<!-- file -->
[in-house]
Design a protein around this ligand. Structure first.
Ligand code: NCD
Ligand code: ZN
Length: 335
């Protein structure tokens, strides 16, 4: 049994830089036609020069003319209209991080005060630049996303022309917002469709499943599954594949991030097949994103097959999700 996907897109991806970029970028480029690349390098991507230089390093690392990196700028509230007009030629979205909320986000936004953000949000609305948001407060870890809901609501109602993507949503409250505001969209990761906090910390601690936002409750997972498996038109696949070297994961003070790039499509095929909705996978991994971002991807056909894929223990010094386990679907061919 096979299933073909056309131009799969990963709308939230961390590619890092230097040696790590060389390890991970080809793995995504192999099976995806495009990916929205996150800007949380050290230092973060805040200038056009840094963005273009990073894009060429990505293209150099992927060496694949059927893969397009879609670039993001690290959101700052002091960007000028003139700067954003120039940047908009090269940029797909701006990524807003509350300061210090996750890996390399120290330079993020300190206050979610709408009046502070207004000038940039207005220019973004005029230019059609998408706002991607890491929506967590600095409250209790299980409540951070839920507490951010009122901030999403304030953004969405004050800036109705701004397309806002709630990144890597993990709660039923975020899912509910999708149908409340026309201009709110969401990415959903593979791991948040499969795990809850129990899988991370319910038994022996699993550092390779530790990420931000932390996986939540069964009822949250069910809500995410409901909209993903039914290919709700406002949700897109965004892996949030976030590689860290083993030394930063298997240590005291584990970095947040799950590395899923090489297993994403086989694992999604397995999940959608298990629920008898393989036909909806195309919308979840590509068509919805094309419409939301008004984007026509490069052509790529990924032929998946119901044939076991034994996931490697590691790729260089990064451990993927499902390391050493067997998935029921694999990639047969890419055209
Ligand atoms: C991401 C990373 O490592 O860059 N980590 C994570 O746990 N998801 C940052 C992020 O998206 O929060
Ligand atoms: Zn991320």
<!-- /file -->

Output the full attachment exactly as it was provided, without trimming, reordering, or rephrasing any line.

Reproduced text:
[in-house]
Design a protein around this ligand. Structure first.
Ligand code: NCD
Ligand code: ZN
Length: 335
């Protein structure tokens, strides 16, 4: 049994830089036609020069003319209209991080005060630049996303022309917002469709499943599954594949991030097949994103097959999700 996907897109991806970029970028480029690349390098991507230089390093690392990196700028509230007009030629979205909320986000936004953000949000609305948001407060870890809901609501109602993507949503409250505001969209990761906090910390601690936002409750997972498996038109696949070297994961003070790039499509095929909705996978991994971002991807056909894929223990010094386990679907061919 096979299933073909056309131009799969990963709308939230961390590619890092230097040696790590060389390890991970080809793995995504192999099976995806495009990916929205996150800007949380050290230092973060805040200038056009840094963005273009990073894009060429990505293209150099992927060496694949059927893969397009879609670039993001690290959101700052002091960007000028003139700067954003120039940047908009090269940029797909701006990524807003509350300061210090996750890996390399120290330079993020300190206050979610709408009046502070207004000038940039207005220019973004005029230019059609998408706002991607890491929506967590600095409250209790299980409540951070839920507490951010009122901030999403304030953004969405004050800036109705701004397309806002709630990144890597993990709660039923975020899912509910999708149908409340026309201009709110969401990415959903593979791991948040499969795990809850129990899988991370319910038994022996699993550092390779530790990420931000932390996986939540069964009822949250069910809500995410409901909209993903039914290919709700406002949700897109965004892996949030976030590689860290083993030394930063298997240590005291584990970095947040799950590395899923090489297993994403086989694992999604397995999940959608298990629920008898393989036909909806195309919308979840590509068509919805094309419409939301008004984007026509490069052509790529990924032929998946119901044939076991034994996931490697590691790729260089990064451990993927499902390391050493067997998935029921694999990639047969890419055209
Ligand atoms: C991401 C990373 O490592 O860059 N980590 C994570 O746990 N998801 C940052 C992020 O998206 O929060
Ligand atoms: Zn991320």